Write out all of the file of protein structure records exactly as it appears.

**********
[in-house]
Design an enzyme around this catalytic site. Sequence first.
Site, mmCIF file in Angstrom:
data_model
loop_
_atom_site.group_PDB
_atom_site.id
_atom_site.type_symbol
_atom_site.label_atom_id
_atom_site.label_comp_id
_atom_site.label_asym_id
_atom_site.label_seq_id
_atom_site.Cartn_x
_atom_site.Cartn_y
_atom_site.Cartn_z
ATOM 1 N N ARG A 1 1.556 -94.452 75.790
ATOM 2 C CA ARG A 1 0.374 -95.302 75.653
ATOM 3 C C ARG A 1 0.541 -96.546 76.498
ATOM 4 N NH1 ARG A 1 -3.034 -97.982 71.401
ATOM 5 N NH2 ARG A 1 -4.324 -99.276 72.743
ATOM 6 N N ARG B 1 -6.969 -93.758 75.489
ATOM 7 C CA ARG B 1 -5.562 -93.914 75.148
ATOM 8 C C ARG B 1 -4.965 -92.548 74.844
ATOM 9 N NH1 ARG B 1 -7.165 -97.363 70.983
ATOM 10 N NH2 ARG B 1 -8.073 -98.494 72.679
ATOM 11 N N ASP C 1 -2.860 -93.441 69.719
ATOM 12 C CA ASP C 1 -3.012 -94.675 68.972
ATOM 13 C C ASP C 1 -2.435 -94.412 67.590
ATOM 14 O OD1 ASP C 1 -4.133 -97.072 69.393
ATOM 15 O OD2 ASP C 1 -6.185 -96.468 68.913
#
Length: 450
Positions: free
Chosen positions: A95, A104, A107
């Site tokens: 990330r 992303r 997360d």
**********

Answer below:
[in-house]
Design an enzyme around this catalytic site. Sequence first.
Site, mmCIF file in Angstrom:
data_model
loop_
_atom_site.group_PDB
_atom_site.id
_atom_site.type_symbol
_atom_site.label_atom_id
_atom_site.label_comp_id
_atom_site.label_asym_id
_atom_site.label_seq_id
_atom_site.Cartn_x
_atom_site.Cartn_y
_atom_site.Cartn_z
ATOM 1 N N ARG A 1 1.556 -94.452 75.790
ATOM 2 C CA ARG A 1 0.374 -95.302 75.653
ATOM 3 C C ARG A 1 0.541 -96.546 76.498
ATOM 4 N NH1 ARG A 1 -3.034 -97.982 71.401
ATOM 5 N NH2 ARG A 1 -4.324 -99.276 72.743
ATOM 6 N N ARG B 1 -6.969 -93.758 75.489
ATOM 7 C CA ARG B 1 -5.562 -93.914 75.148
ATOM 8 C C ARG B 1 -4.965 -92.548 74.844
ATOM 9 N NH1 ARG B 1 -7.165 -97.363 70.983
ATOM 10 N NH2 ARG B 1 -8.073 -98.494 72.679
ATOM 11 N N ASP C 1 -2.860 -93.441 69.719
ATOM 12 C CA ASP C 1 -3.012 -94.675 68.972
ATOM 13 C C ASP C 1 -2.435 -94.412 67.590
ATOM 14 O OD1 ASP C 1 -4.133 -97.072 69.393
ATOM 15 O OD2 ASP C 1 -6.185 -96.468 68.913
#
Length: 450
Positions: free
Chosen positions: A95, A104, A107
């Site tokens: 990330r 992303r 997360d």